Why Linux Is More Secure Than Windows
Posted 03 August 2010 - 12:39 PM
I find that Ubuntu and other Linux in general actually much easier to use, learn and maintain.
If Linux is too hard for you, stick with Windows and other Apple toys. Let the grow up use real operating system.
Posted 03 August 2010 - 01:34 PM
1 an object for a child to play with, typically a model or miniature replica of something : [as adj. ] a toy car.
In the computer world: cheap, plastic, breaks easily, imitation of a real computer. Synonym: a PC. Antynoym: a Mac.
Posted 03 August 2010 - 02:03 PM
Posted 03 August 2010 - 04:11 PM
While the official definition is as you have stated, I think most people are mis-using the saying, and implying the obscurity is in the fact that Linux and Mac OS aren't as widely used as Windows, and that is why they aren't attacked as often. Judging by the contexts in which I've seen this saying said, I haven't seen anyone use it to describe Windows as being secure because the code is hidden.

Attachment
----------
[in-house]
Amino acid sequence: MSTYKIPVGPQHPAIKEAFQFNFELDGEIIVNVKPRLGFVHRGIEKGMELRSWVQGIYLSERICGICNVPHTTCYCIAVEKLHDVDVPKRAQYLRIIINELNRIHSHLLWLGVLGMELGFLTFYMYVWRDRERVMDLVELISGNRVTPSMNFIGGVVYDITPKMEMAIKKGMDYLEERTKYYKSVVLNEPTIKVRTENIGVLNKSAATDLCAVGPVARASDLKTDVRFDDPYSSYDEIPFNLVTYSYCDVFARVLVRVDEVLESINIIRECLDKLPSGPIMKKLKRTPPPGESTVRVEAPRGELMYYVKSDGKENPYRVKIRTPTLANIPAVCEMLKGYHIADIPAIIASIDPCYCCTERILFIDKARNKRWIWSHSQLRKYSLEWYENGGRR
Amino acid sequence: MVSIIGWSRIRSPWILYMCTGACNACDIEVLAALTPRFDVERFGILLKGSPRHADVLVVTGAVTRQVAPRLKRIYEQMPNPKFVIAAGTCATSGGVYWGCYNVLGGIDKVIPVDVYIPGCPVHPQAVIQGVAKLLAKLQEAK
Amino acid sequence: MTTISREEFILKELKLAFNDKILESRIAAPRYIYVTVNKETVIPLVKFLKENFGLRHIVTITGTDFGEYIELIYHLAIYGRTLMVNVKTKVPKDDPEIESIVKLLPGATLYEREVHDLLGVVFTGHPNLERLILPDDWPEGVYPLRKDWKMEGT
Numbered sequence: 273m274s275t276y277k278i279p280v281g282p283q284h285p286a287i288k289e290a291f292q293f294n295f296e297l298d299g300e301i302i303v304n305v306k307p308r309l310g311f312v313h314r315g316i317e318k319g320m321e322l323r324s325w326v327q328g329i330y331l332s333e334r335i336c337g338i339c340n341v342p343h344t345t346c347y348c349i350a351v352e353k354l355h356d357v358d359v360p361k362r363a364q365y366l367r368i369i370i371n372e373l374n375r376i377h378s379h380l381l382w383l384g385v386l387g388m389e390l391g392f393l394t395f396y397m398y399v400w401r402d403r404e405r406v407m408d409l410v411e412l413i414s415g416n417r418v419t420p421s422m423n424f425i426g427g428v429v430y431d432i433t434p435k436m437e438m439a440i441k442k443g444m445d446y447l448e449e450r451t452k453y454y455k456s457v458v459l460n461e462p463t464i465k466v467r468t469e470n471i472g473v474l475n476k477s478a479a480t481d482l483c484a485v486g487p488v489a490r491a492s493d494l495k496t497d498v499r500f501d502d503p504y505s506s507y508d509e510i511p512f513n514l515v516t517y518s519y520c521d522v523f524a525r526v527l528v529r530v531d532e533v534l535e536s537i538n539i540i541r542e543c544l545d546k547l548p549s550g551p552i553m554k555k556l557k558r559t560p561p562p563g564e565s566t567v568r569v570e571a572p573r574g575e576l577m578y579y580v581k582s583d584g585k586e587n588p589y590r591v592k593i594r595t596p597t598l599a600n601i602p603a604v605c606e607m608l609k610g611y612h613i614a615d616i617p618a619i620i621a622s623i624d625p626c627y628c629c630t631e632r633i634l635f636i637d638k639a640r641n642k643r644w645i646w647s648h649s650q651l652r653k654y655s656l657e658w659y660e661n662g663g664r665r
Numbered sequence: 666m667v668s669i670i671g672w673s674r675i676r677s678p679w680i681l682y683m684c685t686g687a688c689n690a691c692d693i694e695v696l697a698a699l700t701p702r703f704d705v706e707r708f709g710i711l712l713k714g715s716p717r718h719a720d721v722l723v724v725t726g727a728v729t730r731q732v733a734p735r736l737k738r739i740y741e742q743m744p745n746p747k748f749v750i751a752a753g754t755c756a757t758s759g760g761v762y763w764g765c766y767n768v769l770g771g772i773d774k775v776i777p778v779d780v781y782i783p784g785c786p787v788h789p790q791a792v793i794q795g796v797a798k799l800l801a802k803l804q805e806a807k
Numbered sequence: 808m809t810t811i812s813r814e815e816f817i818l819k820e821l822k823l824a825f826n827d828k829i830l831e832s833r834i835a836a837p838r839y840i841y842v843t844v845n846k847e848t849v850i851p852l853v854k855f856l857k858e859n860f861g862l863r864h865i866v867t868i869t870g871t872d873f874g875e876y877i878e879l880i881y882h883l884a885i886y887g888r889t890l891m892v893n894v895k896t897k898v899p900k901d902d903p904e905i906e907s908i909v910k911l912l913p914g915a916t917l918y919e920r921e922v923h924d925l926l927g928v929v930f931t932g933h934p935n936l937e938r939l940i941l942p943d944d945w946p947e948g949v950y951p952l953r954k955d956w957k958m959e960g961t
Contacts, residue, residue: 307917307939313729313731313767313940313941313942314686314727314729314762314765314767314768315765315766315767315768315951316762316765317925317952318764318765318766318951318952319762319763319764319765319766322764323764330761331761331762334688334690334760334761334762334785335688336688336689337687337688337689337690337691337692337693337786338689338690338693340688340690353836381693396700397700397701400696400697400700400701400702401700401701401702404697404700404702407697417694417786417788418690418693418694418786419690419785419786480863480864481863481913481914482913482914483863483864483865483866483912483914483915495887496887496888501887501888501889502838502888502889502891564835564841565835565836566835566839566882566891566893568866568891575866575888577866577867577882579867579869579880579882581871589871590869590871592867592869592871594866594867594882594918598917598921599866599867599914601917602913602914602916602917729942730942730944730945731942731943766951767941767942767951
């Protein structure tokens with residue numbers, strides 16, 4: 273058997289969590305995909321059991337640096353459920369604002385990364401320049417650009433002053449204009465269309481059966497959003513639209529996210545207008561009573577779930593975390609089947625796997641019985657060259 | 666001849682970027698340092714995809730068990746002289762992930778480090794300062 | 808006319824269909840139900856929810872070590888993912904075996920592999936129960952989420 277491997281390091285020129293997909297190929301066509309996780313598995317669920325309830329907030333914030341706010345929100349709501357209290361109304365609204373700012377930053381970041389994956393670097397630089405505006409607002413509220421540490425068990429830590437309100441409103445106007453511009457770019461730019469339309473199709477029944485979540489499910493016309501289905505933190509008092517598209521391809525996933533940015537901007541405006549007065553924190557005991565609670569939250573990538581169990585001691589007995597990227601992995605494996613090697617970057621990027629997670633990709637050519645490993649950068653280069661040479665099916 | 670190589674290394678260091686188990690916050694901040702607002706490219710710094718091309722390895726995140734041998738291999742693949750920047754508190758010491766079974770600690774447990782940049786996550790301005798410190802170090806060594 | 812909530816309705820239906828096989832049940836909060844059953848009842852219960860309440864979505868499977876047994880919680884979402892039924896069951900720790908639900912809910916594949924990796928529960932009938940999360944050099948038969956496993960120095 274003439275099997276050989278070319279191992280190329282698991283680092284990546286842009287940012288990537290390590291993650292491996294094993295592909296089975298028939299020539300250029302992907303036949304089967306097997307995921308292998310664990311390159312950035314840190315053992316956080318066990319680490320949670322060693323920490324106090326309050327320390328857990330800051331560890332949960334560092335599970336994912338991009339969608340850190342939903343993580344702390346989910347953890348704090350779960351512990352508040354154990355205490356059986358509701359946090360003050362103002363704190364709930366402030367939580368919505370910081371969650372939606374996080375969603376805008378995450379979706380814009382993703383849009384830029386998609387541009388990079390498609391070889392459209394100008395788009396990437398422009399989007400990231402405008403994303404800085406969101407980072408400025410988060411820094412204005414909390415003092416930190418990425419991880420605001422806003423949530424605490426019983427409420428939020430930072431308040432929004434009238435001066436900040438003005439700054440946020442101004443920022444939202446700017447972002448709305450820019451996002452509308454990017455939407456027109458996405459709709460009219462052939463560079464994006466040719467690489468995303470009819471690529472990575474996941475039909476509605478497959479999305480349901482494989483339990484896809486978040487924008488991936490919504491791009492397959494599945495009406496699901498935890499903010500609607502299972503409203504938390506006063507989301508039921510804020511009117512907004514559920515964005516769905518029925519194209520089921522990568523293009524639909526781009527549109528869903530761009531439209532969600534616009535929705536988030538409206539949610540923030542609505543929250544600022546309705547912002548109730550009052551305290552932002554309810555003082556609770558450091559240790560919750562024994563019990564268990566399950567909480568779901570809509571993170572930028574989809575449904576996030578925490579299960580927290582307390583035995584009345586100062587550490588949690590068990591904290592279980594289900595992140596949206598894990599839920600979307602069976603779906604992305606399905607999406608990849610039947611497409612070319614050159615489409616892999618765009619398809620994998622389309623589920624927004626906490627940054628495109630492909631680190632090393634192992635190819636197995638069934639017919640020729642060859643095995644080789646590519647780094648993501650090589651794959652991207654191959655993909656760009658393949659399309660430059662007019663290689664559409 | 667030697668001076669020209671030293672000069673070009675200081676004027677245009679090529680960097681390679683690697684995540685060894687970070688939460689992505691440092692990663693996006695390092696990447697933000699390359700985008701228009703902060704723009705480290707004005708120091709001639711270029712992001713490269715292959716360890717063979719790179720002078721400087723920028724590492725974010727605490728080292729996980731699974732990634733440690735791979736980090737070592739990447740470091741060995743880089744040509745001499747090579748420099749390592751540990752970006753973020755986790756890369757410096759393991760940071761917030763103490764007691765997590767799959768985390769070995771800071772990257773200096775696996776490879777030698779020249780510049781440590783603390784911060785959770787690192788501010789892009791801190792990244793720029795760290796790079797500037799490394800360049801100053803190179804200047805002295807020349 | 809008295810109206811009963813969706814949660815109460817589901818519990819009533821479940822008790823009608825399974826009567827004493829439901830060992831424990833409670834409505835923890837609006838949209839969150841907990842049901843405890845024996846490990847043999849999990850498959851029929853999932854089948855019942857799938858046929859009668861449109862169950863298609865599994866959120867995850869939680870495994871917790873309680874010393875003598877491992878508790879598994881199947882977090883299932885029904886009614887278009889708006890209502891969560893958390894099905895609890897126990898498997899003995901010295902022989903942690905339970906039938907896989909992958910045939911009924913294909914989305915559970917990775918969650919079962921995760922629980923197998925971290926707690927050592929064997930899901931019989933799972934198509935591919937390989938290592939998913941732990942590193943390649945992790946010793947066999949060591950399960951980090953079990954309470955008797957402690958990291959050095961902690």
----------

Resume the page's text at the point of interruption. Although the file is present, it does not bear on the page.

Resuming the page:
Posted 03 August 2010 - 05:33 PM
Posted 03 August 2010 - 08:19 PM
"Windows, users are generally given administrator access by default"
Have you used a newer version of Windows lately? Ever since UAC started with Vista, all users run with their least level privileges. That means even users who are in the administrators group get only regular user access token privileges unless the user explicitly elevates a process which is much like a SUDO operation in Linux. Further information: http://msdn.microsof...y/aa511445.aspx
2. Social Engineering